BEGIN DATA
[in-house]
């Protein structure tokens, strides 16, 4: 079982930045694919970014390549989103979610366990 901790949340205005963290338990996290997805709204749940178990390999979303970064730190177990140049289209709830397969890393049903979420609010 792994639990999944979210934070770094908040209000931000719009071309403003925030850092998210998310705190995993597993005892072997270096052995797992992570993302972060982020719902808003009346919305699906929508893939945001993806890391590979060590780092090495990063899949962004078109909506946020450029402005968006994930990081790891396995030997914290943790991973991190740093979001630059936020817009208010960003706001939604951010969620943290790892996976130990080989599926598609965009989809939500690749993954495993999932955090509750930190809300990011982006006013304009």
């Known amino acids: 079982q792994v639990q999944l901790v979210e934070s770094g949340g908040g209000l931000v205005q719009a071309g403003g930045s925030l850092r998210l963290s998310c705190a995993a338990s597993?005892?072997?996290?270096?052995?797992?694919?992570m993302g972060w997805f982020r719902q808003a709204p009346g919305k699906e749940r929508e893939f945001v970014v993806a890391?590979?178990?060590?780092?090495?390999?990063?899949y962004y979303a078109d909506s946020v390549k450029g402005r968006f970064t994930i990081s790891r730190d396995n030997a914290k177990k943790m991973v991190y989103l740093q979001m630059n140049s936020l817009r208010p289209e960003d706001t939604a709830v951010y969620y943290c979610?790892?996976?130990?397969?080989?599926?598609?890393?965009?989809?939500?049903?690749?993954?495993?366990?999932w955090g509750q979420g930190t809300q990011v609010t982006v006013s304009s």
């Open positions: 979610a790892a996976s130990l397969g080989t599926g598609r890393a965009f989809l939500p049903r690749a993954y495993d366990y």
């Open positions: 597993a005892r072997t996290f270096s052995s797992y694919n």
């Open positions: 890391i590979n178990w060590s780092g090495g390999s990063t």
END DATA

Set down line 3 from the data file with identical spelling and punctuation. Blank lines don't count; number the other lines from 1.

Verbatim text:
């Known amino acids: 079982q792994v639990q999944l901790v979210e934070s770094g949340g908040g209000l931000v205005q719009a071309g403003g930045s925030l850092r998210l963290s998310c705190a995993a338990s597993?005892?072997?996290?270096?052995?797992?694919?992570m993302g972060w997805f982020r719902q808003a709204p009346g919305k699906e749940r929508e893939f945001v970014v993806a890391?590979?178990?060590?780092?090495?390999?990063?899949y962004y979303a078109d909506s946020v390549k450029g402005r968006f970064t994930i990081s790891r730190d396995n030997a914290k177990k943790m991973v991190y989103l740093q979001m630059n140049s936020l817009r208010p289209e960003d706001t939604a709830v951010y969620y943290c979610?790892?996976?130990?397969?080989?599926?598609?890393?965009?989809?939500?049903?690749?993954?495993?366990?999932w955090g509750q979420g930190t809300q990011v609010t982006v006013s304009s």